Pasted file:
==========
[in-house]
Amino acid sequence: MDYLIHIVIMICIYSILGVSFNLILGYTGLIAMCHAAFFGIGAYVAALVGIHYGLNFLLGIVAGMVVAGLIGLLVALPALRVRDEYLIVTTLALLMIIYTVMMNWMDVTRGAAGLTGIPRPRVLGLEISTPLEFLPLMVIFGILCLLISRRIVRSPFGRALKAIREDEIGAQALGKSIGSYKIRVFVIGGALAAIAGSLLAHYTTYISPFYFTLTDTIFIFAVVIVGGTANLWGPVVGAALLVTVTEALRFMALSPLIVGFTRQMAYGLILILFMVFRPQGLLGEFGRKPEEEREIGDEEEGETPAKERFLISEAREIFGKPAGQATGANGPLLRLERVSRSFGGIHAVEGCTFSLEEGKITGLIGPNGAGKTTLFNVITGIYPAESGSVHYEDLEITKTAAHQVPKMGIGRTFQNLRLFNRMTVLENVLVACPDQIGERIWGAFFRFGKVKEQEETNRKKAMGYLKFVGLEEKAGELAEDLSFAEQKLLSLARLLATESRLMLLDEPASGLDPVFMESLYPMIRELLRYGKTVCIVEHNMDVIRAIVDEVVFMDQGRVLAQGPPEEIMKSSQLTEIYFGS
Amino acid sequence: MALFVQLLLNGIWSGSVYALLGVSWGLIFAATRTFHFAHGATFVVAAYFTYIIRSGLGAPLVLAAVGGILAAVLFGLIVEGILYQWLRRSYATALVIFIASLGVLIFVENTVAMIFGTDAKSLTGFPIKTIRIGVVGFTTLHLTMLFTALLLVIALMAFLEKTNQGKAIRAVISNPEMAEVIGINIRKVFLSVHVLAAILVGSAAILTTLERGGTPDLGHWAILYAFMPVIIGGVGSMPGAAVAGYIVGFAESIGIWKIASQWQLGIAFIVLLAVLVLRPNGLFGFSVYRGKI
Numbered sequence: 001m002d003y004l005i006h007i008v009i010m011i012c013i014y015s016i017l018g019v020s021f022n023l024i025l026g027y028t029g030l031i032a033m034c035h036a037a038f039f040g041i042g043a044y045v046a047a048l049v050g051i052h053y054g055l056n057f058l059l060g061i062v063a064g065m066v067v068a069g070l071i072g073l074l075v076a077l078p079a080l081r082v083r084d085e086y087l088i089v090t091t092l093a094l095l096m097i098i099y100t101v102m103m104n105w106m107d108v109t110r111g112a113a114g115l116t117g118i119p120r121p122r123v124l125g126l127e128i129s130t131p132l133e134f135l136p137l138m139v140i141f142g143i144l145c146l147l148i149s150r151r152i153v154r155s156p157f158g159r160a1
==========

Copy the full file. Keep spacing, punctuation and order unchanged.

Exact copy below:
[in-house]
Amino acid sequence: MDYLIHIVIMICIYSILGVSFNLILGYTGLIAMCHAAFFGIGAYVAALVGIHYGLNFLLGIVAGMVVAGLIGLLVALPALRVRDEYLIVTTLALLMIIYTVMMNWMDVTRGAAGLTGIPRPRVLGLEISTPLEFLPLMVIFGILCLLISRRIVRSPFGRALKAIREDEIGAQALGKSIGSYKIRVFVIGGALAAIAGSLLAHYTTYISPFYFTLTDTIFIFAVVIVGGTANLWGPVVGAALLVTVTEALRFMALSPLIVGFTRQMAYGLILILFMVFRPQGLLGEFGRKPEEEREIGDEEEGETPAKERFLISEAREIFGKPAGQATGANGPLLRLERVSRSFGGIHAVEGCTFSLEEGKITGLIGPNGAGKTTLFNVITGIYPAESGSVHYEDLEITKTAAHQVPKMGIGRTFQNLRLFNRMTVLENVLVACPDQIGERIWGAFFRFGKVKEQEETNRKKAMGYLKFVGLEEKAGELAEDLSFAEQKLLSLARLLATESRLMLLDEPASGLDPVFMESLYPMIRELLRYGKTVCIVEHNMDVIRAIVDEVVFMDQGRVLAQGPPEEIMKSSQLTEIYFGS
Amino acid sequence: MALFVQLLLNGIWSGSVYALLGVSWGLIFAATRTFHFAHGATFVVAAYFTYIIRSGLGAPLVLAAVGGILAAVLFGLIVEGILYQWLRRSYATALVIFIASLGVLIFVENTVAMIFGTDAKSLTGFPIKTIRIGVVGFTTLHLTMLFTALLLVIALMAFLEKTNQGKAIRAVISNPEMAEVIGINIRKVFLSVHVLAAILVGSAAILTTLERGGTPDLGHWAILYAFMPVIIGGVGSMPGAAVAGYIVGFAESIGIWKIASQWQLGIAFIVLLAVLVLRPNGLFGFSVYRGKI
Numbered sequence: 001m002d003y004l005i006h007i008v009i010m011i012c013i014y015s016i017l018g019v020s021f022n023l024i025l026g027y028t029g030l031i032a033m034c035h036a037a038f039f040g041i042g043a044y045v046a047a048l049v050g051i052h053y054g055l056n057f058l059l060g061i062v063a064g065m066v067v068a069g070l071i072g073l074l075v076a077l078p079a080l081r082v083r084d085e086y087l088i089v090t091t092l093a094l095l096m097i098i099y100t101v102m103m104n105w106m107d108v109t110r111g112a113a114g115l116t117g118i119p120r121p122r123v124l125g126l127e128i129s130t131p132l133e134f135l136p137l138m139v140i141f142g143i144l145c146l147l148i149s150r151r152i153v154r155s156p157f158g159r160a1